March 05, 2013
Tax-writers try to move forward, eye loopholes
Democratic and Republican tax writers in the Senate will within weeks begin circulating concrete ideas for revamping the U.S. tax code to try to kick-start legislation for this year, a Senate Democratic committee aide said on Tuesday.
The preliminary attempt will focus on hot topics such as curbing tax "loopholes" and potential tax changes for small businesses, said Senate Finance Committee spokesman Sean Neary.
The politics of tax reform make consensus a heavy lift, backers and skeptics both say. The tax code has not been thoroughly overhauled since 1986.
With most Democrats and Republicans squabbling over automatic spending cuts and other budget matters, a small band of lawmakers is swimming against the tide in seeking big changes this year.
The goal is to have proposals "to be pushed out once the political window opens," said Chris Krueger, an analyst for investors at Guggenheim Securities.
A panel in the House of Representatives is working on a parallel track.
Dave Camp, the chairman of the tax-writing Ways and Means Committee in the U.S. House of Representatives, is expected to lay out on Wednesday a draft of potential changes to small business taxation, one of his aides said.
Both parties decry tax loopholes, although they diverge on what constitutes one. Democrats typically point to breaks for oil companies and private equity managers, while Republicans talk about a broad tax code overhaul and are less likely to get specific.
More popular tax breaks run the gamut from mortgage interest to charitable donations.
The New Year's Day deal averting the so-called "fiscal cliff" of tax increases and spending cuts extended some controversial tax breaks, including a subsidy that benefits big rum makers and one that helps NASCAR racetrack owners.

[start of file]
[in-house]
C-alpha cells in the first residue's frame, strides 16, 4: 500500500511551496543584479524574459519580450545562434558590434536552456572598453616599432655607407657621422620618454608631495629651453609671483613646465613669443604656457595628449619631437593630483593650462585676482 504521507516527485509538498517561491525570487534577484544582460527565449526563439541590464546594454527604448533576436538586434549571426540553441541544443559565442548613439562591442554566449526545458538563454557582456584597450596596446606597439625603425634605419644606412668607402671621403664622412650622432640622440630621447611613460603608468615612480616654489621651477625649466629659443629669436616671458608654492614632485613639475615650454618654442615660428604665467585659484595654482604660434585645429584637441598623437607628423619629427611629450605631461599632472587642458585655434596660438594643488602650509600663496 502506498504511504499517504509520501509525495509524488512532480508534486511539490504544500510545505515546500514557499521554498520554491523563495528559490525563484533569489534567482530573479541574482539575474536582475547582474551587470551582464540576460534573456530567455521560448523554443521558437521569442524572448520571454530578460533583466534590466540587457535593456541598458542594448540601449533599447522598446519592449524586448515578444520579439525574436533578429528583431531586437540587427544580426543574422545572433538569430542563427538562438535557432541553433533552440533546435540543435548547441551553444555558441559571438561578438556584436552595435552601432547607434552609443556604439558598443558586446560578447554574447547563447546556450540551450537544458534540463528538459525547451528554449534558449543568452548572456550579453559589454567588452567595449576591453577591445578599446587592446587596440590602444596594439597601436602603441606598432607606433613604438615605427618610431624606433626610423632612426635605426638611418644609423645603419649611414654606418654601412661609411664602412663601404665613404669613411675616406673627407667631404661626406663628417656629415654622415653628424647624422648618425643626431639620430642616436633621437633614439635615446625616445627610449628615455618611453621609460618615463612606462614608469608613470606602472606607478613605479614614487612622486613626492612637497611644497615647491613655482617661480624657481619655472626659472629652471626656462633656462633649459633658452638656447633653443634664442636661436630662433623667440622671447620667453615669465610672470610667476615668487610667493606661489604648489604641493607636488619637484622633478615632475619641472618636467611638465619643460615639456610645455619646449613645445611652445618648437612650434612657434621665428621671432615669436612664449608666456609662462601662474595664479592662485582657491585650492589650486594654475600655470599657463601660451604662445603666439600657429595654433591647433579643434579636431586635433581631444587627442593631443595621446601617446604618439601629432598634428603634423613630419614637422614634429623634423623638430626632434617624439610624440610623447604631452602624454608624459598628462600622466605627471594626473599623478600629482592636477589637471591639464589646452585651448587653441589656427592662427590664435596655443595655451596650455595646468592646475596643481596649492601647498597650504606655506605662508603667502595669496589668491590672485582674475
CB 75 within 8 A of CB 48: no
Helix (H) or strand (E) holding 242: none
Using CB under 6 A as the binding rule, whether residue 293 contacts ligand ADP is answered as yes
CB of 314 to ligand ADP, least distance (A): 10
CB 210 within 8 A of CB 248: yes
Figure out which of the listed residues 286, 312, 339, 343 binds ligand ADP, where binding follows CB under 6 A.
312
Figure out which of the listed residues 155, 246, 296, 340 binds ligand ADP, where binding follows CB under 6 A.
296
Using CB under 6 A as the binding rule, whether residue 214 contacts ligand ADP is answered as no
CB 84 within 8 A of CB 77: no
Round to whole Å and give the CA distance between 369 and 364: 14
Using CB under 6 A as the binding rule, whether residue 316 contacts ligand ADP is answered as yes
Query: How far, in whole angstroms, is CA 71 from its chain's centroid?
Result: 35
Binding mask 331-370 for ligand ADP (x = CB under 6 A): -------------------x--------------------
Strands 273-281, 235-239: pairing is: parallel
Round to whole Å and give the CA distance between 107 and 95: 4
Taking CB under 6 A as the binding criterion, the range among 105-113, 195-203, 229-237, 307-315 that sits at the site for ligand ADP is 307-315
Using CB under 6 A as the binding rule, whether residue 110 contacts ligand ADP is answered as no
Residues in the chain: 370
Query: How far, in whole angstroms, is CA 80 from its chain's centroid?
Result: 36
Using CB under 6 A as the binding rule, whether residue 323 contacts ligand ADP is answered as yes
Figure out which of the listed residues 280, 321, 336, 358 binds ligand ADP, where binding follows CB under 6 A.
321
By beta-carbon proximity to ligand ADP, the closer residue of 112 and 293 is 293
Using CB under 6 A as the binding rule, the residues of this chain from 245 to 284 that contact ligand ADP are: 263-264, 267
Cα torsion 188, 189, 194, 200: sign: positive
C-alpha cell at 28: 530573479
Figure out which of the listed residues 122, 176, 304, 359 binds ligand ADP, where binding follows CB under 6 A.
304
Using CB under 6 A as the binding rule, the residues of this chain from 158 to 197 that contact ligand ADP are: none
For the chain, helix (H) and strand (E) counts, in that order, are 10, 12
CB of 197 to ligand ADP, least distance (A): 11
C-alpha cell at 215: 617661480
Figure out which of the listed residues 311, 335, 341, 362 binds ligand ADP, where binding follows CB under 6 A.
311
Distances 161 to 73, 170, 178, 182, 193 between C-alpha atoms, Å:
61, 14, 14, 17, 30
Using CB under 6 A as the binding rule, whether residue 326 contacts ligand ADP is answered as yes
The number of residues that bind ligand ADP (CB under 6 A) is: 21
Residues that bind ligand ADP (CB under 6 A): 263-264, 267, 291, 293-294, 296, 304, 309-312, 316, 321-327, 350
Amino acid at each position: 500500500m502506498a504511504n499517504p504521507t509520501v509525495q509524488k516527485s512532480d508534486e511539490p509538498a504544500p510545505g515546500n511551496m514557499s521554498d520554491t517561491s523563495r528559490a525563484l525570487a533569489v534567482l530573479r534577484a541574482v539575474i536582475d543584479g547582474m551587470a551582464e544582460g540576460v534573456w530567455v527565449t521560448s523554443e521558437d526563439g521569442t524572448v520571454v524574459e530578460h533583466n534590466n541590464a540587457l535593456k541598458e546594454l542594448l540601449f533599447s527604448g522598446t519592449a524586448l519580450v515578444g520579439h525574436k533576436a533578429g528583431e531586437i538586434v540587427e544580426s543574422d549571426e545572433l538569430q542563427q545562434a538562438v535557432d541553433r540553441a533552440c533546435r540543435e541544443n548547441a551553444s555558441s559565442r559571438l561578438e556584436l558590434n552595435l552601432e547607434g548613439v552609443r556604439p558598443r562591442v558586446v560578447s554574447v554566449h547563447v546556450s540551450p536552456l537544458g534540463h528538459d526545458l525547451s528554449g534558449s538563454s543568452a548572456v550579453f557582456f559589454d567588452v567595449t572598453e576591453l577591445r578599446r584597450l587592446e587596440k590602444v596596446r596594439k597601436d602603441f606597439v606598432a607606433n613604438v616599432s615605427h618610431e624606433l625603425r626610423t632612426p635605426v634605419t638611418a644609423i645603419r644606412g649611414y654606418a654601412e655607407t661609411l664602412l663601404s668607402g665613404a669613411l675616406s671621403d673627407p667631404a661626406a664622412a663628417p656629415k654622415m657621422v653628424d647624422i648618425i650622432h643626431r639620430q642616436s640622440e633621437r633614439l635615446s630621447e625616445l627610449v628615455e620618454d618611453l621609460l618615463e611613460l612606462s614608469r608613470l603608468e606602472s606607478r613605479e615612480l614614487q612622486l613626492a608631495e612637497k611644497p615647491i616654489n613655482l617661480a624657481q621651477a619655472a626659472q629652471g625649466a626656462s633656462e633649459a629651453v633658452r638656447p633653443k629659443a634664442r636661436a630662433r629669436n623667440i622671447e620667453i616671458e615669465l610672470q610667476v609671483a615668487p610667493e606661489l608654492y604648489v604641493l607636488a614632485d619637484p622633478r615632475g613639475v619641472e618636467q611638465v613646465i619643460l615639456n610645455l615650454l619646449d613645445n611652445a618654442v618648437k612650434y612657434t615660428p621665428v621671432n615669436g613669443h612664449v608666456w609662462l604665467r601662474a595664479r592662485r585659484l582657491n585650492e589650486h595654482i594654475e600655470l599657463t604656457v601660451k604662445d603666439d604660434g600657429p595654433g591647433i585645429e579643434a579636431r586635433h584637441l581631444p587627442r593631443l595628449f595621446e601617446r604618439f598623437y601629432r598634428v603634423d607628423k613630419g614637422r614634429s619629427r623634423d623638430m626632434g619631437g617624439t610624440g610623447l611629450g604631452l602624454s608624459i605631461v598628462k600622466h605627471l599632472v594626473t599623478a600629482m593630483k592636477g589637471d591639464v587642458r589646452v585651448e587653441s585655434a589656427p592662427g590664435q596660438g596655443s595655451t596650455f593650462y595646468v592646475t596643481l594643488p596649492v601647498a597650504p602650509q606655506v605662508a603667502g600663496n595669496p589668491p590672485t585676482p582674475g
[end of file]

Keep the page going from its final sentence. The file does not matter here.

A political window could open when the government runs out of its borrowing authority and hits the "debt ceiling" in May, a deadline that could force lawmakers to act, some analysts and aides say.
In January, lawmakers voted to extend the so-called "debt ceiling" to May 19, as Republicans gave in on a key concession of demanding new taxes.
The U.S. Treasury can then use accounting maneuvers that will allow the government to continue borrowing funds. But that is temporary and Republicans say they will demand spending cuts to raise the borrowing limit again.
Staff to Senate Finance Committee Chairman Max Baucus and the panel's top Republican, Orrin Hatch, are working in a rare bipartisan fashion to produce the tax reform papers, Neary said.
The parties are far apart on basics such as whether a revamp should raise revenue and whether money gained from capping loopholes should fund lower rates, or be used to cut the deficit.
A senior Republican Senate leadership aide was skeptical Democrats and Republicans would be able to resolve their differences.
It is a delicate political balance for Democrat Baucus, who is up for re-election in 2014 and hails from Montana, a Republican-dominated state.
Baucus and Camp, a Republican meet weekly to update each other on progress, another rare bipartisan effort.
Aides on both sides acknowledge that leaders in both chambers have not fully embraced tax reform as a top priority.
Camp recently set up committee "working groups" on topics ranging from financial products to real estate taxation to generate ideas in the event a deal emerges.
Since the groups were established, lobbying activity has increased significantly, according to lawmakers and aides.
"We want to be cognizant of the fact that these debt limit discussions, or any of these (budget) discussions can turn in a heartbeat and be a vehicle" for tax reform legislation, the Republican aide said.
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